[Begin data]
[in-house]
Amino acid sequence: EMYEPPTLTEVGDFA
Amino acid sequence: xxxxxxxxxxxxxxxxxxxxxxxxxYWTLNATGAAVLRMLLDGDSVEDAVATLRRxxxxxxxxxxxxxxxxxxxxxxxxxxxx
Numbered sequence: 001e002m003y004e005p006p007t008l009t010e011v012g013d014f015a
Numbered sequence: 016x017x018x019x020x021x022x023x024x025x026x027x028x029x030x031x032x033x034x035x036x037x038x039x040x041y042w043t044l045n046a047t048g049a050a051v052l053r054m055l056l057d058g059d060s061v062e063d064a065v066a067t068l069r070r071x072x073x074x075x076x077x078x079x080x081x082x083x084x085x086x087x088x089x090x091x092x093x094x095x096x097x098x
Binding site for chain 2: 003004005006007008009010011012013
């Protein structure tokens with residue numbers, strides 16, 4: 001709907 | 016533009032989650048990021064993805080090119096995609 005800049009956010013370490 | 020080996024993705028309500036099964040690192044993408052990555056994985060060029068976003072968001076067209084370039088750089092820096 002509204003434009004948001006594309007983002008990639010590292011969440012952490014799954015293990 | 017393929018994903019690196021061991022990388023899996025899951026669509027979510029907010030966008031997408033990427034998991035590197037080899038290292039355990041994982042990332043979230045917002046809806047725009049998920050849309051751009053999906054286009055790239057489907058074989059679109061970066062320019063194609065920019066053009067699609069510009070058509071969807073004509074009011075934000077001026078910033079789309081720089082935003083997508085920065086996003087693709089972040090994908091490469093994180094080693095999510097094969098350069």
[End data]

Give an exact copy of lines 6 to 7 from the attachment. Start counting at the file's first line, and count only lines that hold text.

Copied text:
Binding site for chain 2: 003004005006007008009010011012013
């Protein structure tokens with residue numbers, strides 16, 4: 001709907 | 016533009032989650048990021064993805080090119096995609 005800049009956010013370490 | 020080996024993705028309500036099964040690192044993408052990555056994985060060029068976003072968001076067209084370039088750089092820096 002509204003434009004948001006594309007983002008990639010590292011969440012952490014799954015293990 | 017393929018994903019690196021061991022990388023899996025899951026669509027979510029907010030966008031997408033990427034998991035590197037080899038290292039355990041994982042990332043979230045917002046809806047725009049998920050849309051751009053999906054286009055790239057489907058074989059679109061970066062320019063194609065920019066053009067699609069510009070058509071969807073004509074009011075934000077001026078910033079789309081720089082935003083997508085920065086996003087693709089972040090994908091490469093994180094080693095999510097094969098350069």